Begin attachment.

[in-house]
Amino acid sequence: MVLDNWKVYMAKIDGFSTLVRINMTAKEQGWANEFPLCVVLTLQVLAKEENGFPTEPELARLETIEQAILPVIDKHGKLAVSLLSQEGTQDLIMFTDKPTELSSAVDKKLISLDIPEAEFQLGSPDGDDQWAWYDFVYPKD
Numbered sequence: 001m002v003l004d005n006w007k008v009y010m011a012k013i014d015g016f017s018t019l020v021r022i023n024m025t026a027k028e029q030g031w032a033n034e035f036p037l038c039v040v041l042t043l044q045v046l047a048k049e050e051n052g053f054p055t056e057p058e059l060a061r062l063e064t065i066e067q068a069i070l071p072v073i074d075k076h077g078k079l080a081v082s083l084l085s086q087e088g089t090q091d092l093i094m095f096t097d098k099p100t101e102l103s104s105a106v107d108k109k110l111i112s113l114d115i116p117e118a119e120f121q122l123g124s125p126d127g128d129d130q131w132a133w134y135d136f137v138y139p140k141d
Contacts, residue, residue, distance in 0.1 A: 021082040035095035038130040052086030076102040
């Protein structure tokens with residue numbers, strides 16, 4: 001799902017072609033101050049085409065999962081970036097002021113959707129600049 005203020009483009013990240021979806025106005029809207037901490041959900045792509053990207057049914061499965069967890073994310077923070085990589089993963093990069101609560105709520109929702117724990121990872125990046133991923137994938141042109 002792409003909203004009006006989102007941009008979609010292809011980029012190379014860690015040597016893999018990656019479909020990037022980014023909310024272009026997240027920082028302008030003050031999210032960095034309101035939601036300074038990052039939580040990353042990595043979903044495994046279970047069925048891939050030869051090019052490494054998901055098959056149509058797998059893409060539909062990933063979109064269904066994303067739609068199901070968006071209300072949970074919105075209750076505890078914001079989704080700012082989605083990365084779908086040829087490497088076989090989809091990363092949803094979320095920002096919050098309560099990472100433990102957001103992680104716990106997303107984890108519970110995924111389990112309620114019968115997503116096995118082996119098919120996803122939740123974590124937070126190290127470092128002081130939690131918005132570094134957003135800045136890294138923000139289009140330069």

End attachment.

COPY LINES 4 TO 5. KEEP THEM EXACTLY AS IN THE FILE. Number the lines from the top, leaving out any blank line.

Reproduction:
Contacts, residue, residue, distance in 0.1 A: 021082040035095035038130040052086030076102040
């Protein structure tokens with residue numbers, strides 16, 4: 001799902017072609033101050049085409065999962081970036097002021113959707129600049 005203020009483009013990240021979806025106005029809207037901490041959900045792509053990207057049914061499965069967890073994310077923070085990589089993963093990069101609560105709520109929702117724990121990872125990046133991923137994938141042109 002792409003909203004009006006989102007941009008979609010292809011980029012190379014860690015040597016893999018990656019479909020990037022980014023909310024272009026997240027920082028302008030003050031999210032960095034309101035939601036300074038990052039939580040990353042990595043979903044495994046279970047069925048891939050030869051090019052490494054998901055098959056149509058797998059893409060539909062990933063979109064269904066994303067739609068199901070968006071209300072949970074919105075209750076505890078914001079989704080700012082989605083990365084779908086040829087490497088076989090989809091990363092949803094979320095920002096919050098309560099990472100433990102957001103992680104716990106997303107984890108519970110995924111389990112309620114019968115997503116096995118082996119098919120996803122939740123974590124937070126190290127470092128002081130939690131918005132570094134957003135800045136890294138923000139289009140330069």